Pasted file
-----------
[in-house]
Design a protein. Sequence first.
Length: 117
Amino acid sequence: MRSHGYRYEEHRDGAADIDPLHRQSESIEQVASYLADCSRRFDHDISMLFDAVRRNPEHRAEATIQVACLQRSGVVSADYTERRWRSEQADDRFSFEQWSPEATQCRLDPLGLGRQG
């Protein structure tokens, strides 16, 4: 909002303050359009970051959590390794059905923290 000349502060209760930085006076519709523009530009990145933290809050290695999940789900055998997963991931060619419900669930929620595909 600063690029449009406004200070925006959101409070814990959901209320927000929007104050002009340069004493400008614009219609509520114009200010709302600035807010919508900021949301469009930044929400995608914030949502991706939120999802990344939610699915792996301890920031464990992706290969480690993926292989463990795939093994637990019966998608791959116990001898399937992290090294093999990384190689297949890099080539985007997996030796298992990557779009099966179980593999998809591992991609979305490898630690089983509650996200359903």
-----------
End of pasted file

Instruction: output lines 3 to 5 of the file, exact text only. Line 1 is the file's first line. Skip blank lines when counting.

Length: 117
Amino acid sequence: MRSHGYRYEEHRDGAADIDPLHRQSESIEQVASYLADCSRRFDHDISMLFDAVRRNPEHRAEATIQVACLQRSGVVSADYTERRWRSEQADDRFSFEQWSPEATQCRLDPLGLGRQG
């Protein structure tokens, strides 16, 4: 909002303050359009970051959590390794059905923290 000349502060209760930085006076519709523009530009990145933290809050290695999940789900055998997963991931060619419900669930929620595909 600063690029449009406004200070925006959101409070814990959901209320927000929007104050002009340069004493400008614009219609509520114009200010709302600035807010919508900021949301469009930044929400995608914030949502991706939120999802990344939610699915792996301890920031464990992706290969480690993926292989463990795939093994637990019966998608791959116990001898399937992290090294093999990384190689297949890099080539985007997996030796298992990557779009099966179980593999998809591992991609979305490898630690089983509650996200359903």